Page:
From pioneers like Boi-1da and Noah “40” Shebib to prodigies like WondaGurl and FrancisGotHeat, Toronto is a hotbed of hip-hop production. Sevn Thomas is quietly carving out his own space in the city’s storied scene.
A producer who prides himself on his bounce (“I feel like my attention to that detail alone is one of the things that sets me apart from other producers,” he says over a phone call), the 26-year-old Toronto native has worked with enviable names like Drake (“Pop Style”), PARTYNEXTDOOR (“Don’t Run”), Travis Scott (“Green & Purple”), GoldLink (“Pray Everyday”) and Kehlani (“Get Like”).
A Jamaican-Canadian whose uncle is dancehall artist Rappa Robert, Sevn even sprinkled his Caribbean flavor on a little song called “Work” by Rihanna and Drake. You might have heard it.
Despite his glittering résumé, Sevn isn’t resting on his laurels. With “a lot of huge records with some of the biggest artists in the world” on deck and plans to develop artists and producers like his mentor Boi-1da has, expect to hear Sevn Thomas’ name—and music—a lot more in 2018. “It’s all about me taking the next step to becoming the superproducer-artist that I always knew I could be,” he says.
Here are the stories behind five of Sevn Thomas’ biggest songs.
Drake — “10 Bands” (2015)
Co-produced by Boi-1da
“That was late 2014, I believe. Me and [Boi-]1da were in LA working on Kendrick Lamar’s To Pimp a Butterfly a lot around that period. Kendrick is my favorite rapper, period—probably top three all time, so I was ecstatic. He heard everything [we sent] and me and 1da probably thought that we had like 30 records on Kendrick’s album.
“I think ['10 Bands'] was around the beginning of 1da and Frank Dukes’ working relationship. I guess Frank had sent him a pack and he was just fucking around with samples. I can remember hearing that sample and being like, ‘Yo, this sounds like evil Christmas.’ [1da] chopped it, found a four-bar loop and threw it in [Fruity Loops].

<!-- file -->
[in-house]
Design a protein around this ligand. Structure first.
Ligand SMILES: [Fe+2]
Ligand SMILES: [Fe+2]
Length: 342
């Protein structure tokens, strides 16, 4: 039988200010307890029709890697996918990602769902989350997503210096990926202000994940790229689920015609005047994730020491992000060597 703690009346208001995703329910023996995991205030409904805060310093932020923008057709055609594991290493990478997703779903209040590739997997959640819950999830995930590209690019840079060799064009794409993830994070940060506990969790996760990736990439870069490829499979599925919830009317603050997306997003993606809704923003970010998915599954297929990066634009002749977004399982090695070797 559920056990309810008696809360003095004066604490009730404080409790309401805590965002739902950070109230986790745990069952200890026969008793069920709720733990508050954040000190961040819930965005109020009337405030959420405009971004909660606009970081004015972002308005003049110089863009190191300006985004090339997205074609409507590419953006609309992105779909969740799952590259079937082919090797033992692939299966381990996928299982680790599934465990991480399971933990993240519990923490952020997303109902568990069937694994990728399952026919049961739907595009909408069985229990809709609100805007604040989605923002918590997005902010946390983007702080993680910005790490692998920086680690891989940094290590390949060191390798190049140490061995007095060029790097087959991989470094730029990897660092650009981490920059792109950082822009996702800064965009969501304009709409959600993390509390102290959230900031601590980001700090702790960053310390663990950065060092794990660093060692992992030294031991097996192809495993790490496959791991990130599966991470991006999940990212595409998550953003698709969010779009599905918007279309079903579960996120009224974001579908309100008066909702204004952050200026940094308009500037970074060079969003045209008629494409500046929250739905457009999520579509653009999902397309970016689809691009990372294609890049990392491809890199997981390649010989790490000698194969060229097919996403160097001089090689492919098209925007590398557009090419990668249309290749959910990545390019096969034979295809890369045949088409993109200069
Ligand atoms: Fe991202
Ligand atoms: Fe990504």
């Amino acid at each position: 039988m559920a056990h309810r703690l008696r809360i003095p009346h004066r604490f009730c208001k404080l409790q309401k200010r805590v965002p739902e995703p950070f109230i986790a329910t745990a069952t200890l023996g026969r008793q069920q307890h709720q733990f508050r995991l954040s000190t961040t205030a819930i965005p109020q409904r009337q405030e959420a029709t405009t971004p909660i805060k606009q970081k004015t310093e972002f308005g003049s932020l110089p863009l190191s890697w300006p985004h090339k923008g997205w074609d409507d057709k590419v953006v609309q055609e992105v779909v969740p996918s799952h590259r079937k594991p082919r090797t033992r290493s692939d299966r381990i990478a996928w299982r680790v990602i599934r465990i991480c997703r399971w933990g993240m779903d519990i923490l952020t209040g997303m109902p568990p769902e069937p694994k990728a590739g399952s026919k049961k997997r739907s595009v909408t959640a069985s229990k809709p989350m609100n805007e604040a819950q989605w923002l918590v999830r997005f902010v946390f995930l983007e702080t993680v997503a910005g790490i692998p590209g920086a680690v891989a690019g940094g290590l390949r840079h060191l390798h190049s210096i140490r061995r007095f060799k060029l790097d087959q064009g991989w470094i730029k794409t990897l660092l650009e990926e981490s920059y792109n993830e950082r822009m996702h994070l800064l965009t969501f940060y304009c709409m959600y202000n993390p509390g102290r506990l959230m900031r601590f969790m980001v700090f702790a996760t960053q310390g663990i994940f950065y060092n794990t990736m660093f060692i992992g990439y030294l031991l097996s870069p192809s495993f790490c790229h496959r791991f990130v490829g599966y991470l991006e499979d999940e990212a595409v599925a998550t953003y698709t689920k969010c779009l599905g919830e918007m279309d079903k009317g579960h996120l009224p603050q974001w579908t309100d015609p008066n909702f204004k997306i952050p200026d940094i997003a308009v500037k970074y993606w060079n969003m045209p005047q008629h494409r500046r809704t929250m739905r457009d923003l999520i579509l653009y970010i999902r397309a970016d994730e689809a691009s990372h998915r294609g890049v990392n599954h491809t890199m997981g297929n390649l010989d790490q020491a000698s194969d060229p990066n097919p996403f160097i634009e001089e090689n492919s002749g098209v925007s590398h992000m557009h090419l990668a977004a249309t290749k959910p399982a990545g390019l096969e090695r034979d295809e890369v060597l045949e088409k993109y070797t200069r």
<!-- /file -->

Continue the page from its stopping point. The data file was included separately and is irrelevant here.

“I started fucking around with it and found the bounce—the kick, the 808, the hi-hat. Actually, that track kind of shifted shit a little bit. I feel like a lot of records came after that one, a lot of people were fucking with the bounce. That’s why I love working with 1da because every time we approach something together, shit just happens.
“So we just switched seats over and over. He would start fucking around with it and then he’d be like, ‘You wanna try something?’ And I’d jump on and do my thing. Back and forth, back and forth.
“1da sends everything to The Boy ’cause Drake is obviously the number one priority. He fucked with that one and I remember going to Miami maybe a month or two later and he sent me a voice clip of what Drake did to it. I was like, ‘Fuck! Here we go, shit’s about to change.’ We figured Drake would know what to do with it best, so I’m glad that it ended up being Drake.
“I knew that [‘10 Bands’] was hot enough to make the album. I had a feeling. I was actually in LA for a beat battle back in 2015, it was like Toronto versus LA. I was on the Santa Monica pier with my little brother who had just gotten out of prison, and one of my other friends who was from LA. We were smoking and my brother called me frantically, I thought something bad had happened. He was like, ‘Yo! I seen on iTunes the Drake album dropped. "10 Bands" is track three!’